Editor's note: The Over 21 Club series features Chicago restaurants that have been around for over 21 years. They must be doing something right, so we'll visit them and see why.


[Photographs: D.H. Lee]

Sun Wah BBQ

5039 N. Broadway Street, Chicago IL 60640; (map); 773-769-1254; sunwahbbq.com
Open Since: 1987
Cuisine: Chinese-Style Barbecue
Cost: Peking duck ($37)

I could be wrong, but when people think of Chicago institutions, they tend to think of steakhouses, hot dog joints, and the like. But that's why this series is around—to show that the city can hold its own when it comes to really amazing food of all types. Sun Wah BBQ isn't really a secret, but it has stood the tough test of time for a reason, and that reason is The Peking duck ($37, feeds about three very hungry people).

Don't be confused if you can't find it on the menu. When I sat down, the waiters offered me two tome-like menus, and my girlfriend watched me flip through both of them for ten minutes trying to find that damn duck. I've been told the rest of the food is also very good, but I've never been able to convince myself to order anything else. Anyway, just ask for it.


About ten minutes after we ordered, an oblong silver tray of steamed buns, pickled daikon radish and carrots, slivered green onions and fresh carrots, as well as hoisin sauce, magically appeared on the table. Then one of the servers practically sprinted over with a small folding table that had a whole, crisp, roasted duck on it. I've never gotten food this quickly, even at a fast-casual restaurant. Take a massive punch to the crotch, Applebee's!


The server knew what he was doing. The duck was dismantled in less than three minutes into slices of breast meat, legs, wings, thighs, and skin. I wouldn't want to get into a knife fight with this guy.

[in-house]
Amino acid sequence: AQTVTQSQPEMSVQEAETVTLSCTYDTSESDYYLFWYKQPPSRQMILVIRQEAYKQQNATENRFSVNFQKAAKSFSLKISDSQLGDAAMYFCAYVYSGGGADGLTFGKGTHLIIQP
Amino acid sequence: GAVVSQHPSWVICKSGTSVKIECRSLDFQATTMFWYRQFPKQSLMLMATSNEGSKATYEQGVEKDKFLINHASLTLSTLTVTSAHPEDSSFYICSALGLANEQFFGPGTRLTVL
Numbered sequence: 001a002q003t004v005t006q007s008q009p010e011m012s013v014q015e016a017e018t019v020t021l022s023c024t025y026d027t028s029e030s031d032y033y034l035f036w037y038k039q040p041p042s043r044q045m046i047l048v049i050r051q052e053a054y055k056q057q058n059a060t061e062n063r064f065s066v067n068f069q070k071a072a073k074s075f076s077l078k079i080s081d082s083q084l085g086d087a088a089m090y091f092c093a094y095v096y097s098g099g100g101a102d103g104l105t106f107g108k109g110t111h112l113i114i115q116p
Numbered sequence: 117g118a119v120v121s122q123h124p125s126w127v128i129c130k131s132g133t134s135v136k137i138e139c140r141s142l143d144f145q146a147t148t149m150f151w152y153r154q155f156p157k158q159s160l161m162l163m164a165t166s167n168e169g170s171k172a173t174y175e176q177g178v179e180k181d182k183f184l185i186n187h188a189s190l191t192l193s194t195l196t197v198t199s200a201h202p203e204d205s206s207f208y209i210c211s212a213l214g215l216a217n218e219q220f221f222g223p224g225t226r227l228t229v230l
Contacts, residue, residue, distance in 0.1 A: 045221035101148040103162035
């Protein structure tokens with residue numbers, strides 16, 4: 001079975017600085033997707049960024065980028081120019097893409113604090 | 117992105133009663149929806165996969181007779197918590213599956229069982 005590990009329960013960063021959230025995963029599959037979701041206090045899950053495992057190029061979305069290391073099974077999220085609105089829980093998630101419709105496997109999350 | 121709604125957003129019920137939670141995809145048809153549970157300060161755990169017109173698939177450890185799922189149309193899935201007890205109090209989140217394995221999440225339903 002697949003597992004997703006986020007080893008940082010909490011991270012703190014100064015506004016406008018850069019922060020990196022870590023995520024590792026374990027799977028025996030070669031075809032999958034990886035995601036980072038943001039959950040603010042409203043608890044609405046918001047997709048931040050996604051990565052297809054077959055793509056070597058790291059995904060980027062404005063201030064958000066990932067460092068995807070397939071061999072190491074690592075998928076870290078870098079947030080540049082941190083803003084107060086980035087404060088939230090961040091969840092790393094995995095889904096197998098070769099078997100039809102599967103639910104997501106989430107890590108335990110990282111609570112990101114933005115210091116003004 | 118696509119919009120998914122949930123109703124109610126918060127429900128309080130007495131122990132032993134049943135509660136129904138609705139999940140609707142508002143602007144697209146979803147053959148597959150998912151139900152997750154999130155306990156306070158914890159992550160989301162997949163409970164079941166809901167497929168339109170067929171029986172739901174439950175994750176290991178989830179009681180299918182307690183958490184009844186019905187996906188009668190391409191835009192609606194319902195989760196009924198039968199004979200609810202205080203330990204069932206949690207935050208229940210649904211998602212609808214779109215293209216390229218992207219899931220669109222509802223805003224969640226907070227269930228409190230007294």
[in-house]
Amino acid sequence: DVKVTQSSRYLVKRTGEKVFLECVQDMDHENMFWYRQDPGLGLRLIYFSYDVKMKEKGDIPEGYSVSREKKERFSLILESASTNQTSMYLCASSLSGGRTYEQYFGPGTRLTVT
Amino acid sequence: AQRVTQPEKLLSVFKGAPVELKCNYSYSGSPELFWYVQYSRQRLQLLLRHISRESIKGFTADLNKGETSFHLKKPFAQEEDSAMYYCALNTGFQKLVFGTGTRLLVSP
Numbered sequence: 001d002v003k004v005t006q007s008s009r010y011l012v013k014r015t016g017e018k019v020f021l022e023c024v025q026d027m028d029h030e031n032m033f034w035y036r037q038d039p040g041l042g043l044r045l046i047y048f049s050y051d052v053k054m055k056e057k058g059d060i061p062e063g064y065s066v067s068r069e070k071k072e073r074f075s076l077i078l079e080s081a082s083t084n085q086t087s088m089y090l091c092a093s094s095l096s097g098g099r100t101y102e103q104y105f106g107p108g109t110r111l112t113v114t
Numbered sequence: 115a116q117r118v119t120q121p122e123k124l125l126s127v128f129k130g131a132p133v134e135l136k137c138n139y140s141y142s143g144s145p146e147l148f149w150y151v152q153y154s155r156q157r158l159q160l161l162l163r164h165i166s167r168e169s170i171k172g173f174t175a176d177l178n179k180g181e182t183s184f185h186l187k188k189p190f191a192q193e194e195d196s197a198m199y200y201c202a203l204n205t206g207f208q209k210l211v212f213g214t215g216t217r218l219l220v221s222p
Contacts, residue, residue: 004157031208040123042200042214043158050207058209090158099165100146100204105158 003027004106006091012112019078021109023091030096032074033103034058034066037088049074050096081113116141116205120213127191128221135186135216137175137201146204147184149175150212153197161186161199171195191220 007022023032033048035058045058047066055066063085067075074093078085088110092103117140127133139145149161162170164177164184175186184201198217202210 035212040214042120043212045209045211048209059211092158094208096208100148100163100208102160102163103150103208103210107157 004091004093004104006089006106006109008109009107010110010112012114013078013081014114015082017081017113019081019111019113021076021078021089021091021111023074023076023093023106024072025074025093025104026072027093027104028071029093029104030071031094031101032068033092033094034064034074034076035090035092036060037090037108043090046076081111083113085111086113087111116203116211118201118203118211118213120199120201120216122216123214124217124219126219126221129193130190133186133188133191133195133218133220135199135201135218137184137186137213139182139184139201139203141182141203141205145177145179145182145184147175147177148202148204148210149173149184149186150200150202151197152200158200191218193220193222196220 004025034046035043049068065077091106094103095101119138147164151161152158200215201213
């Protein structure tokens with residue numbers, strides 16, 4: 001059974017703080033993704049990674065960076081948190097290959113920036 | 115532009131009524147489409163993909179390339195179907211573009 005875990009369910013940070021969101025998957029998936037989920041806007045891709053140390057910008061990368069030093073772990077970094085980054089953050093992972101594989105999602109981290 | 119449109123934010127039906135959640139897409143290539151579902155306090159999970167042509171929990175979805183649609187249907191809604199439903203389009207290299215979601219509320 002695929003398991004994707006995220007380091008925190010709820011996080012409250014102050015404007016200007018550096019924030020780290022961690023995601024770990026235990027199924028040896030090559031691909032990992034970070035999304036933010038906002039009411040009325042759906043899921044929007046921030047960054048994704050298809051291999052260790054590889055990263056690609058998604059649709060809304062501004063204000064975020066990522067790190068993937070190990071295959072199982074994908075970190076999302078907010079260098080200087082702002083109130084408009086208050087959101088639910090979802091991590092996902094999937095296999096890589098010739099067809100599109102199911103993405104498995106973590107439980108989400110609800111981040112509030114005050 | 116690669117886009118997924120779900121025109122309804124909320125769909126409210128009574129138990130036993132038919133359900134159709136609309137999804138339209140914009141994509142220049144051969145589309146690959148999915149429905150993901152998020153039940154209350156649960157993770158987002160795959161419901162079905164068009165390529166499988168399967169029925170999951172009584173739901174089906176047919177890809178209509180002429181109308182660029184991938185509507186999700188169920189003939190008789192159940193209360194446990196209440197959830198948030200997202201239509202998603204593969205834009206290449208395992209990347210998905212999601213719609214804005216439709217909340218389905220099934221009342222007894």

The starting spread is glorious.


And of course, the duck is the real star of the show.


When you start a meal of Peking duck, you always go for the skin and breast meat. Load it into the folded steamed wheat bun, which is practically a cross-section of the Pillsbury Doughboy's stomach, put the pickled and fresh vegetables on it, and drizzle it with sweet and salty hoisin sauce—not too much, not too little. Ever taste perfection?

For me, this is what heaven tastes like: Duck loaded with Chinese five-spice blend, roasted until the skin is mahogany in color, salty, and crisp, loaded into a hot puffy bun, pierced with the flavor of pickled and fresh vegetables, and finished with the sweet and umami-laden flavor of hoisin sauce.


I'm obligated to post the pictures of the mild duck soup, flavored with a touch of ginger, leftover duck bones, star anise, cilantro, chunks of Chinese winter melon and the oily, simple duck fried rice that immediately follows the roast duck, but both are almost an afterthought to those buns.


More chunks of duck? Bring it on!

While the current storefront is new as of 2008, Sun Wah BBQ has actually been around since 1987, when it originally opened on Argyle Street in Chicago's dense but relatively small Chinatown neighborhood. The new version of the place is giant, and as far as I know, always straight bumpin' at dinner (that's street talk for "busy"). Come a little early if you don't want to wait long.

When the people at the table next to us were leaving, they stopped to ask us what we were eating. I told them that it was the Peking duck, They nodded, smiled, and left. Then I looked around and saw that nearly half the restaurant was enjoying the same thing.

About the author: After a failed attempt at starting a chain of theme restaurants called "Smellen Keller," Dennis Lee traveled the world to discover his true passion. Sadly, midwifery didn't pan out. Now he works in a cubicle, and screws around as much as possible. Follow his shenanigans on Twitter.


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